Insignificant Afghan Finally Approved for Release from Guantánamo

22.5.16

Afghan prisoner Obaidullah, in a photo taken at Guantanamo and included in the classified military files released by WikiLeaks in 2011.Good news from Guantánamo, as another prisoner, Obaidullah, an Afghan, is approved for release by a Periodic Review Board. Decisions have now been taken in the cases of 29 prisoners, with 22 recommended for release, and just seven recommended for ongoing imprisonment. This is a success rate for the prisoners of 76%, which is hugely significant, because, back in 2010, they were either recommended for prosecution or were described as “too dangerous to release” by the Guantánamo Review Task Force, which President Obama established, shortly after taking office in 2009, to review the cases of all the prisoners held when he became president. 23 men were in the former category, and 41 in the latter.

The decision also means that, of the 80 men still held, 28 have been approved for release — 15 by the task force in 2010, and 13 by the PRBs (nine of those approved for release by PRBs have already been freed). 35 others are awaiting PRBs, or are awaiting decisions, and just ten men are facing trials — or have already had trials.

Obaidullah, who was just 19 years old when he was seized at his home in Afghanistan in July 2002, is one of the prisoners who had initially been recommended for prosecution — and is the second former prosecution candidate to be recommended for release by a PRB (three others have been recommended for ongoing imprisonment). He had been put forward for a trial by military commission in September 2008, charged with providing material support for terrorism and conspiracy, based on claims that he “stored and concealed anti-tank mines, other explosive devices, and related equipment”; that he “concealed on his person a notebook describing how to wire and detonate explosive devices”; and that he “knew or intended” that his “material support and resources were to be used in preparation for and in carrying out a terrorist attack.”

At the time, I described these allegations as “the thinnest set of allegations to date” in the commissions, in an article entitled, “Guantánamo trials: another insignificant Afghan charged,” in which I also mentioned how Obaidullah had spoken, in an earlier review at Guantánamo, of his torture by US forces in Afghanistan — how, in Khost, US soldiers “put a knife to my throat and said if you don’t tell us the truth and you lie to us we are going to slaughter you,” how they “tied my hands and put a heavy bag of sand on my hands and made me walk all night in the Khost airport,” and how, In Bagram, “they gave me more trouble and would not let me sleep. They were standing me on the wall and my hands were hanging above my head. There were a lot of things they made me say.”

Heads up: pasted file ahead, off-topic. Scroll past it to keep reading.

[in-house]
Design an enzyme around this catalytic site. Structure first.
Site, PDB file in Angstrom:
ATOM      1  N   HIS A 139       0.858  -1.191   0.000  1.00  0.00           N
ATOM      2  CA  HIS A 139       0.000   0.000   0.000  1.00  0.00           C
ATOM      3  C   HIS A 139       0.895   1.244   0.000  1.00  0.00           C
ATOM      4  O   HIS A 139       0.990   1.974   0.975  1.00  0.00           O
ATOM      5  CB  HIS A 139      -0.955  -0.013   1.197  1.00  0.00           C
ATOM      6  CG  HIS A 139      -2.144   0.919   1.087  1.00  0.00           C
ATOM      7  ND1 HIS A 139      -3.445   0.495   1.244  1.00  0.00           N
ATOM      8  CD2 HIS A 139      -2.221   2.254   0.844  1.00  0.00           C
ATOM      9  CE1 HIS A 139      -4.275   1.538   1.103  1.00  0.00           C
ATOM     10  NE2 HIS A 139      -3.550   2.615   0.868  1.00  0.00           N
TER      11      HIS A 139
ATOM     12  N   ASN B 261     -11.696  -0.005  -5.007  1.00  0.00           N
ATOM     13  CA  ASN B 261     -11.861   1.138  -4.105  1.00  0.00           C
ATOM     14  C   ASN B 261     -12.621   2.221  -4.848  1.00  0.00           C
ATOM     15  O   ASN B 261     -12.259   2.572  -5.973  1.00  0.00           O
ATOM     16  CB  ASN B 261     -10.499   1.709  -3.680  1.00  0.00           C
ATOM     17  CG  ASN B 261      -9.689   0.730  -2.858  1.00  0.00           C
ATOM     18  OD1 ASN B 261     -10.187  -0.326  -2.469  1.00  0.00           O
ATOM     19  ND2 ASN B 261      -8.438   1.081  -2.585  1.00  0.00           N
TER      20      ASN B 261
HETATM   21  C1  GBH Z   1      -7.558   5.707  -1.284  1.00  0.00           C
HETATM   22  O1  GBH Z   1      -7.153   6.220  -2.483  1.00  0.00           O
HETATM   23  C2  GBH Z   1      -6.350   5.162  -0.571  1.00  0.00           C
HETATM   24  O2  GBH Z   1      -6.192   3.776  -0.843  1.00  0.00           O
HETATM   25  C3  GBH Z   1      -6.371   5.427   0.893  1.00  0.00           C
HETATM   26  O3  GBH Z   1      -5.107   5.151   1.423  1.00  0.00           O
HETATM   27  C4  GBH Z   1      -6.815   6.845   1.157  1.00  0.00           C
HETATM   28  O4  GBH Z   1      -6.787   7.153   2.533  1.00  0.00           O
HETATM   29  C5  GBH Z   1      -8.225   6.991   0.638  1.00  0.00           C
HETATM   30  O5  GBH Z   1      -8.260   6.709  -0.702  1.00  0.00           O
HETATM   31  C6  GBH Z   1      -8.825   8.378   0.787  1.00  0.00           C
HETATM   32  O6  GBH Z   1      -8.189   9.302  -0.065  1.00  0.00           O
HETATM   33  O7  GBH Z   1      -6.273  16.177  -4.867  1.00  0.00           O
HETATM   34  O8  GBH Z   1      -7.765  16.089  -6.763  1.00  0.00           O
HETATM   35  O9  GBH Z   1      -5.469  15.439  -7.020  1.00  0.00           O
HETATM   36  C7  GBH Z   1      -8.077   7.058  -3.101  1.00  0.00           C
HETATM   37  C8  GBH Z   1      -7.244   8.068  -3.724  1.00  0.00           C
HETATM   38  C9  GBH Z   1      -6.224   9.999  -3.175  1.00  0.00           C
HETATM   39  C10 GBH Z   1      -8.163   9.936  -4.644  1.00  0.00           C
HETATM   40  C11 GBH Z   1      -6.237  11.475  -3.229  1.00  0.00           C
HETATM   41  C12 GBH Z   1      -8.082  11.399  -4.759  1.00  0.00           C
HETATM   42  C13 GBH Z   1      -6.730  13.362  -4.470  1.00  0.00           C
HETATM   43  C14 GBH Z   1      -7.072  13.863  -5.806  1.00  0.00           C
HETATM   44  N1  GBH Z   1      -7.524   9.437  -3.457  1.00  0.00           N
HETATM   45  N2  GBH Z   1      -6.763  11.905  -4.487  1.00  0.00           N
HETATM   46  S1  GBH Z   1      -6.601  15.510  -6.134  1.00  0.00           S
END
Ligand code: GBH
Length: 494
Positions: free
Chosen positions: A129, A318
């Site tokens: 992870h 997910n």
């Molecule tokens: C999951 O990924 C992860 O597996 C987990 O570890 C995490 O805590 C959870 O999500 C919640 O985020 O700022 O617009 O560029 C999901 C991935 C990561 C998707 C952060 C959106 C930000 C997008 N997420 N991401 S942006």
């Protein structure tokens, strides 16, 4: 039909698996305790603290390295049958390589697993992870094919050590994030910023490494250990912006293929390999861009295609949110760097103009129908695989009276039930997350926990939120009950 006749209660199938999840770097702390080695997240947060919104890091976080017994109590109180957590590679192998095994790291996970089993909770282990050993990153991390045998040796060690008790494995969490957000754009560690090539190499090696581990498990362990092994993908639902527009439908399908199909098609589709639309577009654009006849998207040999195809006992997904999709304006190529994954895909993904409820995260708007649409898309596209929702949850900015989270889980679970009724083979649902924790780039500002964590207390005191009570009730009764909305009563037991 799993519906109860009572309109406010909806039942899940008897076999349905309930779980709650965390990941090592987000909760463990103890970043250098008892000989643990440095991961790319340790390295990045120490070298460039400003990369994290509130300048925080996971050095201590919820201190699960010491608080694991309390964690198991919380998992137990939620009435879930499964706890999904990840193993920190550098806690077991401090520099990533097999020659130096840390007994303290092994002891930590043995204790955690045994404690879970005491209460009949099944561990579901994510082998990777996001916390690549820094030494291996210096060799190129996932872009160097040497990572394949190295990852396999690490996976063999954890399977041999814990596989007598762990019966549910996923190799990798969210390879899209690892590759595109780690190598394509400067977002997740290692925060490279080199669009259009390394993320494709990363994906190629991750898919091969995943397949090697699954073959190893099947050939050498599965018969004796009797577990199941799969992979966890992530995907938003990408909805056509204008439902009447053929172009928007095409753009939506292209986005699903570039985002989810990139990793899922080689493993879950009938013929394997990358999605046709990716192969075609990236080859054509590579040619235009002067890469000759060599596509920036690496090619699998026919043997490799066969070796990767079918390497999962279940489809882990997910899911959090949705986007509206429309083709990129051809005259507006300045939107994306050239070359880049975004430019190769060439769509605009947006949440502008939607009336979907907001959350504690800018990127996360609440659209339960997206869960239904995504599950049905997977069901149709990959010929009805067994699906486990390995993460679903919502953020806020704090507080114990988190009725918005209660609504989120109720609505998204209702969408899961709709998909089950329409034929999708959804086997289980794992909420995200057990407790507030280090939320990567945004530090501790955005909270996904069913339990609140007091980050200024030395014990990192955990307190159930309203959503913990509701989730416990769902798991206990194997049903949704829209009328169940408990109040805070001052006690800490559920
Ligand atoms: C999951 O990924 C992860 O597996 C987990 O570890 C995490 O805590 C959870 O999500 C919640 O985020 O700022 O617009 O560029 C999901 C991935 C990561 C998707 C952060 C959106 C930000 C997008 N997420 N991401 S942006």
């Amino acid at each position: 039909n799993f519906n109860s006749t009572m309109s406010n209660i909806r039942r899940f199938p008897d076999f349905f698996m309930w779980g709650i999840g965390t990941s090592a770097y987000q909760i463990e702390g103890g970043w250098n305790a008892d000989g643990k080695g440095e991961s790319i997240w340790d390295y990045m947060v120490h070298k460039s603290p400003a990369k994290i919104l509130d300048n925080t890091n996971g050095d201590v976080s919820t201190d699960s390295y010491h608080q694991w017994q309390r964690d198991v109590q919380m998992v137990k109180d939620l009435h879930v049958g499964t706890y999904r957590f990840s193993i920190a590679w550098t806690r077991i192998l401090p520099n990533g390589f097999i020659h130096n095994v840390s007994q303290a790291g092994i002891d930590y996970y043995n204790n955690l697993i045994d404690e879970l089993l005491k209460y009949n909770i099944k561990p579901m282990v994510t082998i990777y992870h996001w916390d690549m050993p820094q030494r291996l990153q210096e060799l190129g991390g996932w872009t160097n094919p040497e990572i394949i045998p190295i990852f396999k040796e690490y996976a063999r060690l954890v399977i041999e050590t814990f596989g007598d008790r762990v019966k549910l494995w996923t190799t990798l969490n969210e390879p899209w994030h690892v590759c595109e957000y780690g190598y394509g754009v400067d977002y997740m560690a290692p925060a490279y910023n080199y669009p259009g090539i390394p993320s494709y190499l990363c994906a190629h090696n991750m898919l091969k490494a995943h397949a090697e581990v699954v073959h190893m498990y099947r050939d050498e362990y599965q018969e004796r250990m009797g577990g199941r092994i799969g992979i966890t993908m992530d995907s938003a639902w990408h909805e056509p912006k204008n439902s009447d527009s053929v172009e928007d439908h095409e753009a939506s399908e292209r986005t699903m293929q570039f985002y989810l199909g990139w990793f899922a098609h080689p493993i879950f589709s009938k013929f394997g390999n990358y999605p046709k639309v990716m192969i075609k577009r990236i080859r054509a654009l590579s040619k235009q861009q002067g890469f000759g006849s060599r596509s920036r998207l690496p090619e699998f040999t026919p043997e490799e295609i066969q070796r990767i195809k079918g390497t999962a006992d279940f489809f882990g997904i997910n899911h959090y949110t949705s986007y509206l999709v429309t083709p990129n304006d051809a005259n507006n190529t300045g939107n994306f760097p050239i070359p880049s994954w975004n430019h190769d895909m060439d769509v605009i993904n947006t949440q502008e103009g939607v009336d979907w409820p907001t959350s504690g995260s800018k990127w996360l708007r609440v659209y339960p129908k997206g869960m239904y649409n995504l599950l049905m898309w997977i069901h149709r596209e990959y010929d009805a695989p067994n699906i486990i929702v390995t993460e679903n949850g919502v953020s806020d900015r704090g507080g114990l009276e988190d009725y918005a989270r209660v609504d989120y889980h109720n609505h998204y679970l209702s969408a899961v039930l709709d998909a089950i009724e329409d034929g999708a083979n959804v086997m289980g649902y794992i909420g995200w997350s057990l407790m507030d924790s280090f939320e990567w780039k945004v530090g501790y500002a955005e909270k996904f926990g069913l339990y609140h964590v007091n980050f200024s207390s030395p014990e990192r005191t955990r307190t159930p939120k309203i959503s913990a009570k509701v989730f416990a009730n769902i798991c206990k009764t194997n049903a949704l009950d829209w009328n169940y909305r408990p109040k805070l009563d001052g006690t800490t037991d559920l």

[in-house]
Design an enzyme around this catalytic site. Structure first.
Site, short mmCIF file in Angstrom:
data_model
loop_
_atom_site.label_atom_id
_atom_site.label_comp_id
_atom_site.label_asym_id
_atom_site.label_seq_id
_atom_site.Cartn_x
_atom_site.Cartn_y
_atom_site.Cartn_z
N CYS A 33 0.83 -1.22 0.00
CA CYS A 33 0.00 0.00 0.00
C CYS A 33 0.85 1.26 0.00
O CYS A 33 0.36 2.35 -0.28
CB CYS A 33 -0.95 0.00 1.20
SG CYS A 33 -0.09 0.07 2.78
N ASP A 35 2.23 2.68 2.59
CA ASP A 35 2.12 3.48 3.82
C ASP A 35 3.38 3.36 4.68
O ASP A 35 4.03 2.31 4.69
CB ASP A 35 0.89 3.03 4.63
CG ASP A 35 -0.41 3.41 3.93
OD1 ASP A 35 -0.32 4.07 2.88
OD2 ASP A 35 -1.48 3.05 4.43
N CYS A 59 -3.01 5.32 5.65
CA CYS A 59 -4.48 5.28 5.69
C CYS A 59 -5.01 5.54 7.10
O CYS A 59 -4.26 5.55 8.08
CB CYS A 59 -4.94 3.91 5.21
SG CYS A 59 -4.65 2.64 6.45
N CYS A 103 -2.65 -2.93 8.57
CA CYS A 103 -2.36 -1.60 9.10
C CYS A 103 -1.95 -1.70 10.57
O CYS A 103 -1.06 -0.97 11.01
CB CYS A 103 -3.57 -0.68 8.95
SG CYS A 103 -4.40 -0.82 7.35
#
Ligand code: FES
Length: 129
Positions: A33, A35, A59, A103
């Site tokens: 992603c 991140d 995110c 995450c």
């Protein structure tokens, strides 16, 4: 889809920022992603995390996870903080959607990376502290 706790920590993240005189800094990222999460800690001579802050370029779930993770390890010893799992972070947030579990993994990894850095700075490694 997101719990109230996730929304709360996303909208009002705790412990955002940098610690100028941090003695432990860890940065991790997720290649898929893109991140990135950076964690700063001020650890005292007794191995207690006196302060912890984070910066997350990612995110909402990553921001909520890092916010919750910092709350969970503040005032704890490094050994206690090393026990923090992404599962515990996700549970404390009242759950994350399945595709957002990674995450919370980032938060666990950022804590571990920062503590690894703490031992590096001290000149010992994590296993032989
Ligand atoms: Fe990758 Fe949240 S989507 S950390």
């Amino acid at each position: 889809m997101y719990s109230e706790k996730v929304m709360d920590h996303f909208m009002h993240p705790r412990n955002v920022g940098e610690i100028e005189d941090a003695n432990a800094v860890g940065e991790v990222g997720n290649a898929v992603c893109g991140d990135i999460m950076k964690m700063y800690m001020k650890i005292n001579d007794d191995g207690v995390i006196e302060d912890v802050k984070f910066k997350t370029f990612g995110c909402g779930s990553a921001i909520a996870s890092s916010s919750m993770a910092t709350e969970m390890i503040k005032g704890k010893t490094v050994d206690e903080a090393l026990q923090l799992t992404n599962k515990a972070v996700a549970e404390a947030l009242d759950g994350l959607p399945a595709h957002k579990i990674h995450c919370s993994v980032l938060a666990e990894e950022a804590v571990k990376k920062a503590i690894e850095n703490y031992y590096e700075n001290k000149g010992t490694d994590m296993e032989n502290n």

As I also pointed out, when Charlie Savage of the New York Times wrote about Lt. Cmdr. Pandis’s investigation back in 2012, he noted, “It is an accident of timing that Mr. Obaidullah is at Guantánamo. One American official who was formerly involved in decisions about Afghanistan detainees said that such a ‘run of the mill’ suspect would not have been moved to Cuba had he been captured a few years later; he probably would have been turned over to the Afghan justice system, or released if village elders took responsibility for him.” The last Afghans transferred to the general population in Guantánamo were sent in November 2003, and it is certainly true to note that the majority of alleged Afghan insurgents seized and held at Bagram from December 2003 onwards were returned to their families many years ago.

It is also worth noting, I believe, that, when Obaidullah was first charged, I wrote, “It doesn’t take much reflection on these charges to realize that it is a depressingly clear example of the US administration’s disturbing, post-9/11 redefinition of ‘war crimes,’ which apparently allows the US authorities to claim that they can equate minor acts of insurgency committed by a citizen of an occupied nation with terrorism.”

In October 2010, Obaidullah also had his habeas corpus petition ruled on by a US judge, who turned it down, but, as the Associated Press noted this week, “The government dismissed the [military commission] charges in 2011 and his lawyers have been pressing for his release ever since.” This was even before the charges in the military commissions were largely discredited, when, in 2012 and 2013, appeals court judges ruled that providing material support for terrorism and conspiracy were not war crimes triable by a military commission.

Also in 2011, an investigator with the defense team for his military commission, Navy Lt. Cmdr. Richard Pandis, “visited Afghanistan, establishing a coherent narrative in which Obaidullah was innocent,” as I explained in an article in 2011, and as I described it in my recent article discussing Obaidullah’s PRB last month. I added:

To cite just one example unearthed during the investigation, the fact that dried blood was found in the back seat of his car — which the US authorities attributed to him carrying wounded insurgents — actually came about because, “two nights before the raid, Mr. Obaidullah’s wife had given birth in the car while on the way to the hospital.” The defense team added that he “had not volunteered that explanation about the blood” because of “a cultural taboo about discussing childbirth.”

The board members issued their final determination on May 19, confirming, that, “by consensus,” they had “determined that continued law of war detention of the detainee does not remain necessary to protect against a continuing significant threat to the security of the United States.”